Well, to say the least, I’m definitely mixed on A Series of Unfortunate Events. Where I was expecting a dark and dreary tale that would mirror the books, the series had some surprising levity and some interesting performances from a few of the cast. While I can say that I was mildly disappointed by the light tone to the series and the lack of grit, I had to reign in my expectations, and remember that this show is based on a series of children’s books…so, really, how dark could it be?
I do have to commend Neil Patrick Harris’s performance as Count Olaf, ultimately, he made the character feel sinister, but made me chuckle quite a few times as well. Patrick Warburton’s solemn narration as Lemony Snicket also helped to elevate the series quite a bit. While the acting of the Baudelaire orphans themselves was…okay…at best, I really shouldn’t be surprised. It’s not too often that child actors come along and knock it out of the park. Long have been gone the days of McCauley Culkin and Dicaprio.
The show is shot beautifully, the grey overtone helps to emphasize the point that this is a very unfortunate story, and the theme song that encourages you to look away before each episode helps to, again, reinforce that this is a series of very unfortunate events. The star studded cast definitely carries the show, because if they didn’t have the talent they did, I can promise you that this show would not even be remotely good. It took a bit to grow on me, listening to the oddly timed dialogue and the (sometimes) interesting conversations that make up the show itself. However, I think that what initially bugged me about the show later gave it character. Things like flat jokes and a systematic pointing out of the irony helped the series live close to the books.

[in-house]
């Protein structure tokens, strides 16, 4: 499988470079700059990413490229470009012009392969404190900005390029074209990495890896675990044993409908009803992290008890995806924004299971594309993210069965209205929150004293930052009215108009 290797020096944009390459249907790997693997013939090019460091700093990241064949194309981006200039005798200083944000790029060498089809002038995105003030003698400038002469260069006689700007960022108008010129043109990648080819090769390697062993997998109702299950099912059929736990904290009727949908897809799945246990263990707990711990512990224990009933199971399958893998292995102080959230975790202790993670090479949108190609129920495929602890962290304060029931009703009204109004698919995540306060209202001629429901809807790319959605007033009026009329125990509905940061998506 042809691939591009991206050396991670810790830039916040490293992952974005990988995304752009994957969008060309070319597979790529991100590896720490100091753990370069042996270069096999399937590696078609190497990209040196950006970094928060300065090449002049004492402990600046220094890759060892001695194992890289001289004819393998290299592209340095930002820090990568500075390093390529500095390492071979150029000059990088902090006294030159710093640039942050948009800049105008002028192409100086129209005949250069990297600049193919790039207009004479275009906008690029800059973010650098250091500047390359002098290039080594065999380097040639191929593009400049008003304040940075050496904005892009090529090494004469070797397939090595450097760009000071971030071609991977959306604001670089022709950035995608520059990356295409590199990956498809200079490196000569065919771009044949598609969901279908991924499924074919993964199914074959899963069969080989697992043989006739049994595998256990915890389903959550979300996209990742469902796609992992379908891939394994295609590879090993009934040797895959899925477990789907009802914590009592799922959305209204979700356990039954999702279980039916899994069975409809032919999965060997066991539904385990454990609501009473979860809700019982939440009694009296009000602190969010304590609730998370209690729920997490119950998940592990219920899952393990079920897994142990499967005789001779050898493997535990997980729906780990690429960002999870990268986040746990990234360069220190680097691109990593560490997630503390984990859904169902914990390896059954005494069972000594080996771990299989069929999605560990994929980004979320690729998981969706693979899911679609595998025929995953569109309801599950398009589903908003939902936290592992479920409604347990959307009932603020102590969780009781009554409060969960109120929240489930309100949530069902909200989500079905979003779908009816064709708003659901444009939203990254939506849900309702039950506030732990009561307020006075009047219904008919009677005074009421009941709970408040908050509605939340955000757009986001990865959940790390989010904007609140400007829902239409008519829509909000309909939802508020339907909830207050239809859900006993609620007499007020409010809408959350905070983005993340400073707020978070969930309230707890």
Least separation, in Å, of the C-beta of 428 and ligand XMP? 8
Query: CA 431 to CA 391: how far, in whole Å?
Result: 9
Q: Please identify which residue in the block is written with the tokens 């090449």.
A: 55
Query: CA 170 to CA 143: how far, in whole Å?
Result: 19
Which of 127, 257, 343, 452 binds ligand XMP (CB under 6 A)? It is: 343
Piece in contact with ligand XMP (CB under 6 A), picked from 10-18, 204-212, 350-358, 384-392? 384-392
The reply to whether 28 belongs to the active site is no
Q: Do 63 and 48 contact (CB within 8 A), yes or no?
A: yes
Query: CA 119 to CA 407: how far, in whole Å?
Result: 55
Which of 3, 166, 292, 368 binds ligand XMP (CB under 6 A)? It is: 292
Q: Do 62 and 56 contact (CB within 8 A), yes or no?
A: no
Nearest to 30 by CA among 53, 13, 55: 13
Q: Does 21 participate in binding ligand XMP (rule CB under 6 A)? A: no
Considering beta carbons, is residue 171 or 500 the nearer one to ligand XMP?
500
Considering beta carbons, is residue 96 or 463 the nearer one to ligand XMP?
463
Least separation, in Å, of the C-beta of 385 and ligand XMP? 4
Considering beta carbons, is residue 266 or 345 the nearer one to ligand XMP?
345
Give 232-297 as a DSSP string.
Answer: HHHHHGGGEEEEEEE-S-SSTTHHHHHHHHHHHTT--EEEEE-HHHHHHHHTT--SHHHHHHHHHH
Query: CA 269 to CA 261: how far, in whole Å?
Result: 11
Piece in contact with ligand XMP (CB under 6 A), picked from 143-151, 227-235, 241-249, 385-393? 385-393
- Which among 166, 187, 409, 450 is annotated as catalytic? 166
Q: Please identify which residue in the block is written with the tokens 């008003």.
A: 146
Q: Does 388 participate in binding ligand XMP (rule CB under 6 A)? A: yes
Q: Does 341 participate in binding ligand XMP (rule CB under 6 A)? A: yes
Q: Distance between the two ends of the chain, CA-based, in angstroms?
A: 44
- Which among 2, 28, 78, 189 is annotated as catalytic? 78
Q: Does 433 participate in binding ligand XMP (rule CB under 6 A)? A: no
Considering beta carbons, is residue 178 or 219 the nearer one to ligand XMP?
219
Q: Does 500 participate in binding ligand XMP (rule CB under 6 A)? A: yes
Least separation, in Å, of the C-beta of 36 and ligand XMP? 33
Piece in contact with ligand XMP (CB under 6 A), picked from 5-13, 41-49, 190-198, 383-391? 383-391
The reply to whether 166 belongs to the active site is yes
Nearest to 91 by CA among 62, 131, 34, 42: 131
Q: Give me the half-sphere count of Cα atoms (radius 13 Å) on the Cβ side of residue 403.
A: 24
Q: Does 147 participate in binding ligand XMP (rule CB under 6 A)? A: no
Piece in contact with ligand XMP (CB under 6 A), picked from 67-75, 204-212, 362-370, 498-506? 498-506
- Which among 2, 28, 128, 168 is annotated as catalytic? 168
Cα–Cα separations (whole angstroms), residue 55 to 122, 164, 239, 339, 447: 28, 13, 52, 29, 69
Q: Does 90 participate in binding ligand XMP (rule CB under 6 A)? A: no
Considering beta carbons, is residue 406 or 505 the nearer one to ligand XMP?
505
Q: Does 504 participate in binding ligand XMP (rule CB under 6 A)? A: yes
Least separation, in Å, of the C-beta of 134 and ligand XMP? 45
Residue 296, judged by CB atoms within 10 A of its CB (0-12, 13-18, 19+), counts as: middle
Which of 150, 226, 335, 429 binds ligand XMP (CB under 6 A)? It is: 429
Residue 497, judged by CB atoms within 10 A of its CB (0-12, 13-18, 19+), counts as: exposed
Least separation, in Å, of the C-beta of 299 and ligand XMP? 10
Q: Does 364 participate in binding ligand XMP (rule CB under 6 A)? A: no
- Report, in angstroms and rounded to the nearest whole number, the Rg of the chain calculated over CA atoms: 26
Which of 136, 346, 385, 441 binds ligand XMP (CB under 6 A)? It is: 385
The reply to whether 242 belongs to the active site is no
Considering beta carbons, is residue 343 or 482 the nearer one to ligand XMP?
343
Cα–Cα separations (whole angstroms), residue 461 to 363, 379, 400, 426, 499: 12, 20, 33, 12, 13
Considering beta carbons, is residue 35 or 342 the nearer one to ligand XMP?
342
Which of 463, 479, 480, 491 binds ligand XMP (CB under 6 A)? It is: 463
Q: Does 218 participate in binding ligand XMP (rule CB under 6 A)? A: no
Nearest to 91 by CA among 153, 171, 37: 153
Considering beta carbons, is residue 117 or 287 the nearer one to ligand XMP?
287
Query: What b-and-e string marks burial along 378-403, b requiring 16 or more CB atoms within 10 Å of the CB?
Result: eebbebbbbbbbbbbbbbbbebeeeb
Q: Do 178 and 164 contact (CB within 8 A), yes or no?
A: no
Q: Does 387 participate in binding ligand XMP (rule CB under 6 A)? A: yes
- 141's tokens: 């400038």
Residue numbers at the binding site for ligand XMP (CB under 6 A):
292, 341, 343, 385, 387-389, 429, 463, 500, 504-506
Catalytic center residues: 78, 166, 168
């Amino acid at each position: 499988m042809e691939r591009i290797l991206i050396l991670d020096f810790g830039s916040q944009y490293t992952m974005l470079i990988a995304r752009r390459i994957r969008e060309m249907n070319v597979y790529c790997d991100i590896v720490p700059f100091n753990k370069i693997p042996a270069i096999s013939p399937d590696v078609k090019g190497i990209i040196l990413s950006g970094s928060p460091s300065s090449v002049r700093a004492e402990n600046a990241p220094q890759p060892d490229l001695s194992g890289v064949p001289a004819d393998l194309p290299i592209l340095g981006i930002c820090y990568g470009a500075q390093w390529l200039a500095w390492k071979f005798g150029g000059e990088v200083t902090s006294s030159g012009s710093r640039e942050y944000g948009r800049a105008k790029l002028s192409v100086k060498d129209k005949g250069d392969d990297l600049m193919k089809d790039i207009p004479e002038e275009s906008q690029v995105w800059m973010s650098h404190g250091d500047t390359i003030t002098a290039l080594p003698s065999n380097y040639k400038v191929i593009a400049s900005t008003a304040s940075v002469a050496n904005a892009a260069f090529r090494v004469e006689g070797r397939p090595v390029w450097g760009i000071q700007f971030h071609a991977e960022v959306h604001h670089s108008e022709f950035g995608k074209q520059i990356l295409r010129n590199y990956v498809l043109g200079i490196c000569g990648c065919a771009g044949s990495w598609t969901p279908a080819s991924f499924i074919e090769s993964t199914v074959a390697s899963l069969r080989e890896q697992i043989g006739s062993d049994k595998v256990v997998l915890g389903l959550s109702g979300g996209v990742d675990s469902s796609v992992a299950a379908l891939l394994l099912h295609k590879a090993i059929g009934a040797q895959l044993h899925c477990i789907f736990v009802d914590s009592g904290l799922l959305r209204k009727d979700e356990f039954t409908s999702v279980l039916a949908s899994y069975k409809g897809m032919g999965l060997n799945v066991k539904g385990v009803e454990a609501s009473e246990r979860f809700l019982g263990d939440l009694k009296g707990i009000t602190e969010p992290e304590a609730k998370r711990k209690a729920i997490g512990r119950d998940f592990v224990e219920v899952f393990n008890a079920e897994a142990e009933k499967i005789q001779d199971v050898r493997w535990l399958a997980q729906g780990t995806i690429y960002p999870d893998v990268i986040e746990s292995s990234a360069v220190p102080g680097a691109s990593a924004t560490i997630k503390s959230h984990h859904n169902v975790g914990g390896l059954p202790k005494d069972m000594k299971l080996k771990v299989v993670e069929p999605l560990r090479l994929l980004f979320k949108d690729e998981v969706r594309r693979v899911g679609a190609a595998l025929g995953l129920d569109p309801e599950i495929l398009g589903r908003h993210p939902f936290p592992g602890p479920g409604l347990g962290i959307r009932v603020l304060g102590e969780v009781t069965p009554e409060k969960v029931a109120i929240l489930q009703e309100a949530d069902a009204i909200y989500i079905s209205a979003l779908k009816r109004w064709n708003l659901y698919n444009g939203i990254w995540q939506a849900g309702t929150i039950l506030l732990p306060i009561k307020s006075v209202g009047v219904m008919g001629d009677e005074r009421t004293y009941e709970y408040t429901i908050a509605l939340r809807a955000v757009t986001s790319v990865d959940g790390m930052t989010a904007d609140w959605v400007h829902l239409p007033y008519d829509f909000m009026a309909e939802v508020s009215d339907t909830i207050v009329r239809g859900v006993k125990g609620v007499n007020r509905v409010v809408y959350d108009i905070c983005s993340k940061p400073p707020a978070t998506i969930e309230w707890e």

Now, while I won’t say that this was on par with some of Netflix’s other projects, I will say that this one should titillate fans of the original book series. Familiar places have new life breathed into them, and we see Lucky Smells mill, Count Olaf’s mansion, and many other places through new eyes in Netflix’s series. What the show lacks in real drama, it does make up for in self aware jokes and mild intrigue throughout. However, what absolutely kills it is the two adults that are flying around in planes and being super spies…you’ll have to watch it to really understand. I found those parts blatantly stupid, and if they are truly the parents of the Baudelaires, they’ve essentially killed the suspense of what truly happened to the parents from the get go.
Ultimately, this isn’t going to win any awards. A Series of Unfortunate events is curried to fans and younger audiences, but doesn’t fall entirely flat. It mostly sets out what it attempts to accomplish, although it definitely needs some tweaking. My hope is that the second season will address some of the outstanding concerns, and come back with a much better product for our second offering. If you have a free Saturday afternoon, I suggest a watch, but don’t expect Breaking Bad levels of production here.